28 Jun Recycling in Gabon Guest Blog

Trash Talk with Innovate ME Intern, Lauren Roy

Trash overflows from a local collection point in Libreville.

 

Gabon is home to a spectacular array of wildlife and large swathes of tropical forest. Buzzwords like “Eden-like,” “unexplored,” and “unspoiled” can be found in most travel guides about the country. As you can imagine, the opportunity to work for WWF in such a location is incredible. WWF is perhaps the most well-known wildlife conservation organization globally, and I look forward to sharing some more about the projects being run by the WWF team in Gabon in the coming months. But conservation isn’t just tracking down elephant poachers and protecting forests from logging, it’s about preventing unnecessary waste. At work I’ve been thinking about and working on topics related to nature conservation, but in my day-to-day life in Libreville, I’ve found myself thinking a lot more about the slightly less glamorous side of conservation.

On our first day in Gabon we got a ride to work and took a wrap-around route to avoid the daily traffic jams on the main coastal boulevard. As we rounded one corner, the car had to pull out into the centre of the road in order to avoid a mound of garbage. Small plastic garbage bags and empty water bottles took up the space of several cars, spilling from the sidewalk into the street. We were in a busy neighbourhood and the garbage pile sat between businesses and homes. As we passed by a young man launched another bag onto the mound, causing the birds pecking away at the garbage to scatter momentarily before settling back to scavenge some more. On our 20 minute drive to work, we passed several more of these mounds, each causing a slight slow down in traffic so that cars could pass in each direction.

Plastic water bottles start accumulating when you can’t drink the tap water.

The trash mounds were not impromptu garbage dumps; it turned out that buried beneath them were sturdy metal bins designated for garbage collection. Libreville’s population has burgeoned in recent years and it has been difficult to keep up with the growing population. Community members speculate that, although the government is trying to diversify the economy, with the recent decline in oil prices some public services have taken a hit. Lacking funds to update aging infrastructures, the water quality and availability has also declined. Some people I have spoken to explained that although they used to drink the tap water, their families now rely on bottled water. This further exacerbates the issue as all these water bottles often head to the landfill as well.

As I started to get accustomed to the sights, sounds and smells of Libreville, the waste was something I kept noticing. The small mangrove we pass over on the way to the grocery store is choked with litter and plastic bags and bottles are strewn about in the gutters. Coming face to face with all the trash made me start thinking about all the garbage I was producing. I’ve since come to realize that at home our garbage is kept out of sight, out of mind. Waste management is rarely discussed and most people probably don’t know what happens to their trash once the garbage truck passes by their house. This has become evident in Canada as cities across the country are struggling to find a destination for their recycling materials.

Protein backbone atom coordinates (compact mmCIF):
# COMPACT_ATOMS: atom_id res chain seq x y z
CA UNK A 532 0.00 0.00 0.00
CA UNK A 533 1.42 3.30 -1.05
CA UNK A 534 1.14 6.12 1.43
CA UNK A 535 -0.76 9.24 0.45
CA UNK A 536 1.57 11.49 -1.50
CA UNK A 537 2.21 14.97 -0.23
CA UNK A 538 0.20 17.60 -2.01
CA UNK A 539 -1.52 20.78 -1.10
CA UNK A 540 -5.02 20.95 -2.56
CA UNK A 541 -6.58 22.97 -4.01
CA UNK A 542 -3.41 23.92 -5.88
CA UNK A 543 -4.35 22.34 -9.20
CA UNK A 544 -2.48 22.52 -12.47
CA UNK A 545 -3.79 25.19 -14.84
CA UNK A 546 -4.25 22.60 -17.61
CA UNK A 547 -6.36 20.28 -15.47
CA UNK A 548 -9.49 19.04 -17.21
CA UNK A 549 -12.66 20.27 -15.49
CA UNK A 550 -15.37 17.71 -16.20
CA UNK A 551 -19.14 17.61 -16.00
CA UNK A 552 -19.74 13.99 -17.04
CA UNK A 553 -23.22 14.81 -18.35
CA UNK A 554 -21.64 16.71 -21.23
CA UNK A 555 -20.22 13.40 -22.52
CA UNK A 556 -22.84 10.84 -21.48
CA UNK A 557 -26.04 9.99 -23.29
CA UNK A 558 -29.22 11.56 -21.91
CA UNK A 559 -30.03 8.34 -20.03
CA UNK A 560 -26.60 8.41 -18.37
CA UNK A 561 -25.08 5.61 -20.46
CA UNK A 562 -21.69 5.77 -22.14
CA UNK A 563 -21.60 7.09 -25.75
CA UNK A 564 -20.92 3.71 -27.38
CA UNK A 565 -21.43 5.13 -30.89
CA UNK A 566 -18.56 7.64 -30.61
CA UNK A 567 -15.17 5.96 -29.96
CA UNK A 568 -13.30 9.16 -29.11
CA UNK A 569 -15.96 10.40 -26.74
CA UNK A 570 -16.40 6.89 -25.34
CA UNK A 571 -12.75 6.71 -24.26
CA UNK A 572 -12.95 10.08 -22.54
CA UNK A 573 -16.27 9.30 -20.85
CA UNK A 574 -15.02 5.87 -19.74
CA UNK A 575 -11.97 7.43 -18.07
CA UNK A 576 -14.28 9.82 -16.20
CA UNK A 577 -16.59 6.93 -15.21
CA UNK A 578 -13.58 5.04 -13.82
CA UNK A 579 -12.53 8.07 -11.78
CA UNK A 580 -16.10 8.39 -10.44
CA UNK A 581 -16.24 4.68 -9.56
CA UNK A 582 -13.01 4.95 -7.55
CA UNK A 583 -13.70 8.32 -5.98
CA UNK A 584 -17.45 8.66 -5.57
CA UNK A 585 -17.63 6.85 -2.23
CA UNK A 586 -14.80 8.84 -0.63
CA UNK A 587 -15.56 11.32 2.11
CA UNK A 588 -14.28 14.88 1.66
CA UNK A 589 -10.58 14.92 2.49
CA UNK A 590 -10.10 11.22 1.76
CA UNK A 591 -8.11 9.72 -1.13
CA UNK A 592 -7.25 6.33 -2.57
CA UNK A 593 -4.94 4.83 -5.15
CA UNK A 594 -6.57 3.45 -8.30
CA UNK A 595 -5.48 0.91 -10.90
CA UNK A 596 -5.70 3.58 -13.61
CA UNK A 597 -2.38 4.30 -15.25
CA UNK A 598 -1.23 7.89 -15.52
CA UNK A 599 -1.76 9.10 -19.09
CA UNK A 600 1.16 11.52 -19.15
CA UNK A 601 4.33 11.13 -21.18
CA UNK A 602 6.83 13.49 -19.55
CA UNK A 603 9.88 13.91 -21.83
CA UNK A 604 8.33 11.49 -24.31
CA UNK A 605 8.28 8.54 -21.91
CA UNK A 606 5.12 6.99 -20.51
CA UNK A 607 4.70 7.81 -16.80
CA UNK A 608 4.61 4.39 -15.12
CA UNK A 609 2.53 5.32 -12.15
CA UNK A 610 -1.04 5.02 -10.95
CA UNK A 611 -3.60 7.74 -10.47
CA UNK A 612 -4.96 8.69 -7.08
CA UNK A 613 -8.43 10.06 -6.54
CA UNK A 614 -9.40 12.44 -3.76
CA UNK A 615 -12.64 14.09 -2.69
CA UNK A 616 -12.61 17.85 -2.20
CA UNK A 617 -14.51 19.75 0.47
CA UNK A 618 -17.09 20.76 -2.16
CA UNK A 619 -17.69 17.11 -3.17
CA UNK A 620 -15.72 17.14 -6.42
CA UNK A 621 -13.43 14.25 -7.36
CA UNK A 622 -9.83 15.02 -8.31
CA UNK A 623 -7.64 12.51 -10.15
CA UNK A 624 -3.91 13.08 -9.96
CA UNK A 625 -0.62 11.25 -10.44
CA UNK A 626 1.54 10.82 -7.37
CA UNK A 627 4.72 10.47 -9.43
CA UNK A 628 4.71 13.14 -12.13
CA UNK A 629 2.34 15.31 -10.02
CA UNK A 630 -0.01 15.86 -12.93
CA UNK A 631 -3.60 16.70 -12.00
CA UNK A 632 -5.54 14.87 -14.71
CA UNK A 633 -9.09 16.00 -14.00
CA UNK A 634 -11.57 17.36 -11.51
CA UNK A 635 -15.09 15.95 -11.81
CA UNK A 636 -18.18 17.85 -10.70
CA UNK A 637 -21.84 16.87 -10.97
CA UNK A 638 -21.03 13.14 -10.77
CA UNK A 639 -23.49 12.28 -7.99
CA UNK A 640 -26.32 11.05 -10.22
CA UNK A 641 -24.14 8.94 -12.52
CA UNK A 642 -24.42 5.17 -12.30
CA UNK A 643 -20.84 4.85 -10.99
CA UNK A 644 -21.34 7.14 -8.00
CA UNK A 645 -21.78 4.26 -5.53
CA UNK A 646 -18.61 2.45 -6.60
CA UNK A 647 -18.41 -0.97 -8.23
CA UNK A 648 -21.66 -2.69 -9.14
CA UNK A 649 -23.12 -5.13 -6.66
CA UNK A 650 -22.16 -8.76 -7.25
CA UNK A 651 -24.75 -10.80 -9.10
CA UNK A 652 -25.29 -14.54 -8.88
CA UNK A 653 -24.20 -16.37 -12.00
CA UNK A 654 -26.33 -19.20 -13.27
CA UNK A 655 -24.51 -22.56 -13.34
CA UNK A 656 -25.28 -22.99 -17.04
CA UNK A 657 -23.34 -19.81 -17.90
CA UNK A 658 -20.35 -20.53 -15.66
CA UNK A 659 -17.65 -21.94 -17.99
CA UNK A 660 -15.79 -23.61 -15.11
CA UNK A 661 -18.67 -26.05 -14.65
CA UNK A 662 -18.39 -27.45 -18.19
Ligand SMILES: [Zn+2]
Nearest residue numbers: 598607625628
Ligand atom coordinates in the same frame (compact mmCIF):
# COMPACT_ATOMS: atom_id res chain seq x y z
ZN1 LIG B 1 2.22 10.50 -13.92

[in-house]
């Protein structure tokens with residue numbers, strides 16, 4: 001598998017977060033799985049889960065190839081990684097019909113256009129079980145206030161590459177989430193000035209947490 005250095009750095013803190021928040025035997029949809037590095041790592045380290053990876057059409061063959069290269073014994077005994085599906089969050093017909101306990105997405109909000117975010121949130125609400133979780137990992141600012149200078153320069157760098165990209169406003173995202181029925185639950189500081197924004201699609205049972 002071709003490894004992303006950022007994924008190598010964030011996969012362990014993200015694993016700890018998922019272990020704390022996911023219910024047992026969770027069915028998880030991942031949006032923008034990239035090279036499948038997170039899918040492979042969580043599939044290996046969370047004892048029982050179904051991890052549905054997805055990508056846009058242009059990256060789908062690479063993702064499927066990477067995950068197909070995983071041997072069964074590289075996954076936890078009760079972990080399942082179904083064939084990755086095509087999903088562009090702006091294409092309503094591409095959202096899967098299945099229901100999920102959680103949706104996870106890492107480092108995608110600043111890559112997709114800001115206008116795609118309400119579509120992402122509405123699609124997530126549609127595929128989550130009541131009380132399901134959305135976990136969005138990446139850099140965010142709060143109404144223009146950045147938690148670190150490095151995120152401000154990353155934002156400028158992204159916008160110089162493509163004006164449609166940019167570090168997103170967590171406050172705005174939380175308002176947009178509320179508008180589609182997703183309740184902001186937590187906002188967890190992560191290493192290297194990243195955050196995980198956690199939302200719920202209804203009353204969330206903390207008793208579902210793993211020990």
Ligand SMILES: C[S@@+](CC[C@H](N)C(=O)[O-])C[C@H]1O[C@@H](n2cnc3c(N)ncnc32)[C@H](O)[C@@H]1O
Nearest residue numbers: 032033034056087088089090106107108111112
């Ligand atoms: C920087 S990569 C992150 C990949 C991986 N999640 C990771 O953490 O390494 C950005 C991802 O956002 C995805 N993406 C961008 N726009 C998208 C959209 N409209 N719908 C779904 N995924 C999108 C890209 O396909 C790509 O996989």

Locally produced products are sold in repurposed containers at the neighbourhood fruit stand.

While I do purchase more plastic water bottles and receive more single-use shopping bags here that I would at home, I actually produce much less waste. Although the lady at the fruit stand does insist on giving me a plastic bag every time I make a purchase, none of her fruit is wrapped in plastic or sitting on Styrofoam platters; and she sells fruit that would be tossed by Canadian supermarkets for being too battered, bruised or ripe. Also, without a regular recycling program, locals have gotten creative and packaged products in reused and recycled containers. We have already amassed a small collection of jars that the homemade banana chips (which are delicious and addictive!) from the fruit stand around the corner are sold in. Colourful local juices and drinks sold throughout the city also repurpose old water bottles. Most importantly, the community recognizes that trash collection is an issue that they can help improve and are motivated to change their habits and behaviours.

Most of us recognize the importance of protecting endangered species and pristine ecosystems, even though we may never see them. But coming face to face with a whole lot of garbage has reminded me that conservation needs to start in our everyday lives. Until next time, I’ll busy working on figuring out how to help by repurposing my empty plastic water bottles!

 

About Lauren

Lauren Roy is one of YCI’s first Innovate ME interns and a Masters student in Environmental Policy at Sciences Po. She holds a Bachelor of Arts and Science from McGill University and is currently working as an intern Policy and Advocacy Advisor with WWF in Gabon to help build a strategic plan to promote biodiversity conservation and sustainable development.

Want to intern overseas, develop your career and make a difference? Apply for YCI’s Innovate ME international youth internship program today.

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